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Justice Department investigating Ahmaud Arbery's death, actions of two district attorneys

Federal investigators are looking into the killing as well as two district attorneys who recused themselves from the case.

BRUNSWICK, Ga. — The Department of Justice is investigating the shooting death of Ahmaud Arbery, as well as the two district attorneys who recused themselves from the case, according to Arbery's family attorney S. Lee Merritt.

Merritt said in a statement:

"The mother and father of Ahmaud Arbery and their legal team met with officials from the Dept. of Justice late last week, including Bobby Christine, U.S. Attorney for the Southern District.

According to Mr. Christine, his office is investigating why it took so long to arrest the individuals responsible for Mr. Arbery's death. This would involve the consideration both civil and criminal charges against state officials and conspirators involved in the murder of Ahmaud Arbery.

We left that meeting feeling satisfied that the DOJ would do their part to fully investigate all players involved in this murder and would hold those responsible accountable."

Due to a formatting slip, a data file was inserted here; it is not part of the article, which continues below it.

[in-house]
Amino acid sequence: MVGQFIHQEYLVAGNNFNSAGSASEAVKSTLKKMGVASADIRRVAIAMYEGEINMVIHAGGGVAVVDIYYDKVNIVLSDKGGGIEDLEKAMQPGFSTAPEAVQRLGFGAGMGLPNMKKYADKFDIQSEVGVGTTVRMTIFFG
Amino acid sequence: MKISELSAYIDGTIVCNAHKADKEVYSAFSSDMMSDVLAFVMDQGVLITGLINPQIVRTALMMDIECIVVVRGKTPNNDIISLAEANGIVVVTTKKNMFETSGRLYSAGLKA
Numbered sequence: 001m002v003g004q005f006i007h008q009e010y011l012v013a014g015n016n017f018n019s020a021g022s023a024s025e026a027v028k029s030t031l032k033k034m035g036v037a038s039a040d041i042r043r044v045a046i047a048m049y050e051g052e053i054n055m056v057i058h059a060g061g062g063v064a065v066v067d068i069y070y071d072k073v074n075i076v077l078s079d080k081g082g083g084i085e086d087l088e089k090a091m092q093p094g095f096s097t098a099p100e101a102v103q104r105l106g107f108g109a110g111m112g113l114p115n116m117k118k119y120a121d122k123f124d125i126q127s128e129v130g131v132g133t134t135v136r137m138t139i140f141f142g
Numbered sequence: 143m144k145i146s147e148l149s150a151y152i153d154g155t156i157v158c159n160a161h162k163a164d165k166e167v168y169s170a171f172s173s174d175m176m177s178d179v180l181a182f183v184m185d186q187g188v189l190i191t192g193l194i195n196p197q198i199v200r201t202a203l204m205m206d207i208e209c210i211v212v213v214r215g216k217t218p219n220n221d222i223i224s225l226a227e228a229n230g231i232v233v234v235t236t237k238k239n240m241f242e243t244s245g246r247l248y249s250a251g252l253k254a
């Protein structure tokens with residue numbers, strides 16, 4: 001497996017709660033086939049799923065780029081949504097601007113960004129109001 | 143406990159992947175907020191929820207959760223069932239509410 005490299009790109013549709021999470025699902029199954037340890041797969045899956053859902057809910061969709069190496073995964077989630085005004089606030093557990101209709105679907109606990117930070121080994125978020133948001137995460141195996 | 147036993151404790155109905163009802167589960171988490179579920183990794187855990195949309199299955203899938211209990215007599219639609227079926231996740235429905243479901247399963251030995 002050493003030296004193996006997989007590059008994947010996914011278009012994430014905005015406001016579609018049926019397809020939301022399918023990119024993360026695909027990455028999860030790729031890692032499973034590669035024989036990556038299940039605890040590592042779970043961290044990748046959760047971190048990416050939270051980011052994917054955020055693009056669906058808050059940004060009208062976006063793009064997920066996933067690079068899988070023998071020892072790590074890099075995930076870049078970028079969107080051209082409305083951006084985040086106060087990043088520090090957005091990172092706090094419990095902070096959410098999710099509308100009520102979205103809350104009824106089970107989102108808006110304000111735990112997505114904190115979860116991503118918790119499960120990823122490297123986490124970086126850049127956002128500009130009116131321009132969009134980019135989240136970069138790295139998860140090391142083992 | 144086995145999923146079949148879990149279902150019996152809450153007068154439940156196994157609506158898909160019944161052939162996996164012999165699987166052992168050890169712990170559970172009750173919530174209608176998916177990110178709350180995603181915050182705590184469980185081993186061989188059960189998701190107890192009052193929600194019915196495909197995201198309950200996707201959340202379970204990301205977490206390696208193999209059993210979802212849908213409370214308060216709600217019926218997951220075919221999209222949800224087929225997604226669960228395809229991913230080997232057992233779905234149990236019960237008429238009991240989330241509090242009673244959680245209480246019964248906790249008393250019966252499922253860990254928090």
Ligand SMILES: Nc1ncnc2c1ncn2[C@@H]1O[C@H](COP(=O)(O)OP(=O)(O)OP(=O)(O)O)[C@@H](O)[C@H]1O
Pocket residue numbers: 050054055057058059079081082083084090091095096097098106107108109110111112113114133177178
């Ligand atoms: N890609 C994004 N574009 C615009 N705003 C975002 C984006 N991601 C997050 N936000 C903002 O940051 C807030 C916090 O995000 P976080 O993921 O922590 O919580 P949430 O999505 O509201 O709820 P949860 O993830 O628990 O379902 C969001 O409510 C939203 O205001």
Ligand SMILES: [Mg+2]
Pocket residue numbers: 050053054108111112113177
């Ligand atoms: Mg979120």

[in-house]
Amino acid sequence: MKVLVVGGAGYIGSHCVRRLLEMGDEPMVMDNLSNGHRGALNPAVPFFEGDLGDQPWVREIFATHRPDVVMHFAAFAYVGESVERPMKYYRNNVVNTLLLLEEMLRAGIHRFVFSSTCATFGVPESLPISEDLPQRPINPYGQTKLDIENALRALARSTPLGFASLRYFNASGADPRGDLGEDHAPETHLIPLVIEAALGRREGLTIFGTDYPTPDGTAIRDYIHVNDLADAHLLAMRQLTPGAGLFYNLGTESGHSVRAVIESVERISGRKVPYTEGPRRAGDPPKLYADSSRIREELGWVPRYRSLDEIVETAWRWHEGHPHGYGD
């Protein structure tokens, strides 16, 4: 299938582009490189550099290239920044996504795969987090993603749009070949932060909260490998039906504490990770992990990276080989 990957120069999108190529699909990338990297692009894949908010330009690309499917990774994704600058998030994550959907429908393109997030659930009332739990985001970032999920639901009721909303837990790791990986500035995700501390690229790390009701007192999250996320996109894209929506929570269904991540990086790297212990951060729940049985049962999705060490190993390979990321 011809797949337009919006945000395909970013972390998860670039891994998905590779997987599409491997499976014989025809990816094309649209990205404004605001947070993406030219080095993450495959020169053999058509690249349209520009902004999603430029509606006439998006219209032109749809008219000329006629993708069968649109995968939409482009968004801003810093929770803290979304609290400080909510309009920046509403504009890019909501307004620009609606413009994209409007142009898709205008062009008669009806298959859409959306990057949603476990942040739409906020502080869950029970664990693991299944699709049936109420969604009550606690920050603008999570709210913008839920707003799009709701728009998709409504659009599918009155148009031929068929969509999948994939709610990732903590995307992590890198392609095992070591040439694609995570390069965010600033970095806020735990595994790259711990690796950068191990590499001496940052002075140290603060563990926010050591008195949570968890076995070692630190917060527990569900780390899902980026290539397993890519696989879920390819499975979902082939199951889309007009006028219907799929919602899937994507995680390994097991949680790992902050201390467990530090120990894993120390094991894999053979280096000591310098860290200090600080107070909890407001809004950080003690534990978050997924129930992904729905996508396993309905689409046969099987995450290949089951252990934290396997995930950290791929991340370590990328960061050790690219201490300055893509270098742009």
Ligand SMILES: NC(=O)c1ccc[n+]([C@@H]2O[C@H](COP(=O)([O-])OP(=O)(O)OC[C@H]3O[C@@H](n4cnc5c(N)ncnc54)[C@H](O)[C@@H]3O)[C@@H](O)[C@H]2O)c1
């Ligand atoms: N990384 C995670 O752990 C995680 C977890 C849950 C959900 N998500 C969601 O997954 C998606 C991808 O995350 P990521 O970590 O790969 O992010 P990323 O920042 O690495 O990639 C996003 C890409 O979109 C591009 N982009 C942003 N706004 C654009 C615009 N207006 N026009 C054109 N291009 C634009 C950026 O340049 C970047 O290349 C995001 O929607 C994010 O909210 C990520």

Merritt also said the DOJ's investigation means a grand jury may return hate crime charges against suspects Travis McMichael, Greg McMichael and William "Roddy" Bryan Jr.

“The acts they [the DOJ] are looking into are the actions of the men involved, whether or not they fit into the federal hate crime statute, or the federal protections offered by the hate crime statute,” Merritt said.

“They are also looking at 14th amendment violations by state actors,” Merritt told First Coast News.

Those state actors being investigated are Brunswick D.A. Jackie Johnson and Ware County D.A. George Barnhill.

Arbery, 25, was shot to death while running through a Brunswick neighborhood in February. The suspects, father and son Gregory and Travis McMichael, were arrested and charged with murder. They told police they thought Arbery was stealing from a home that was under construction. 

Merritt says the turnaround of investigation has softened the blow of Arbery's death.

"[The family] are mourning and missing Ahmaud Arbery and his contribution to their family. They feel much better today than when they did a month ago when there were no arrests and the DOJ was not investigating,” Merritt added.

Johnson was the first D.A. assigned the case but she soon recused herself because Gregory McMichael is a retired investigator who had previously worked in her office.

The case was then assigned to Barnhill, who then recused himself several weeks later. Arbery's mother pointed out that Barnhill's son also works in the Brunswick District Attorney's Office. Barnhill has drawn fire for an email saying he felt the shooting was justified under self-defense and citizen's arrest laws.

Arbery's friends and family have said both DAs should be removed from office.

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